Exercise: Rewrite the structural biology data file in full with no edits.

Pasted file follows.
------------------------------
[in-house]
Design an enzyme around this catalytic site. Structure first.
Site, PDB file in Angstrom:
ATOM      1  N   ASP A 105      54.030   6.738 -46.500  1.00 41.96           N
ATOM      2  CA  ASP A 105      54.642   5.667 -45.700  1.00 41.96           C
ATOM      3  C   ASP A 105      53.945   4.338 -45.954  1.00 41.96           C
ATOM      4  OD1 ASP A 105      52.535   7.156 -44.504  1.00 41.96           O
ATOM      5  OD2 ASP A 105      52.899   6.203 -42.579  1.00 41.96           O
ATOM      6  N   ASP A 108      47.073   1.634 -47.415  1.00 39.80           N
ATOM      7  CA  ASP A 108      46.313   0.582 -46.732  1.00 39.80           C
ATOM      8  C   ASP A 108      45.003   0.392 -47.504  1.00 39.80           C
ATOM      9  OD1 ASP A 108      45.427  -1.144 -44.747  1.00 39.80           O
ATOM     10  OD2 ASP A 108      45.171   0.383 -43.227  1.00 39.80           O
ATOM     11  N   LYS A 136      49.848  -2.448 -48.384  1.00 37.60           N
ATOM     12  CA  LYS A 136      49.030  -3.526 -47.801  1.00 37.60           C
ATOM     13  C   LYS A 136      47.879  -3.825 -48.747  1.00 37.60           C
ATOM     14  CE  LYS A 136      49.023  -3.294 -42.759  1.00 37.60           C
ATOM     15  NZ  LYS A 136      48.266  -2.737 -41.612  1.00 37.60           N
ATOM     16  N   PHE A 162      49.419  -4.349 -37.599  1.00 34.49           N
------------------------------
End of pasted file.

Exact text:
[in-house]
Design an enzyme around this catalytic site. Structure first.
Site, PDB file in Angstrom:
ATOM      1  N   ASP A 105      54.030   6.738 -46.500  1.00 41.96           N
ATOM      2  CA  ASP A 105      54.642   5.667 -45.700  1.00 41.96           C
ATOM      3  C   ASP A 105      53.945   4.338 -45.954  1.00 41.96           C
ATOM      4  OD1 ASP A 105      52.535   7.156 -44.504  1.00 41.96           O
ATOM      5  OD2 ASP A 105      52.899   6.203 -42.579  1.00 41.96           O
ATOM      6  N   ASP A 108      47.073   1.634 -47.415  1.00 39.80           N
ATOM      7  CA  ASP A 108      46.313   0.582 -46.732  1.00 39.80           C
ATOM      8  C   ASP A 108      45.003   0.392 -47.504  1.00 39.80           C
ATOM      9  OD1 ASP A 108      45.427  -1.144 -44.747  1.00 39.80           O
ATOM     10  OD2 ASP A 108      45.171   0.383 -43.227  1.00 39.80           O
ATOM     11  N   LYS A 136      49.848  -2.448 -48.384  1.00 37.60           N
ATOM     12  CA  LYS A 136      49.030  -3.526 -47.801  1.00 37.60           C
ATOM     13  C   LYS A 136      47.879  -3.825 -48.747  1.00 37.60           C
ATOM     14  CE  LYS A 136      49.023  -3.294 -42.759  1.00 37.60           C
ATOM     15  NZ  LYS A 136      48.266  -2.737 -41.612  1.00 37.60           N
ATOM     16  N   PHE A 162      49.419  -4.349 -37.599  1.00 34.49           N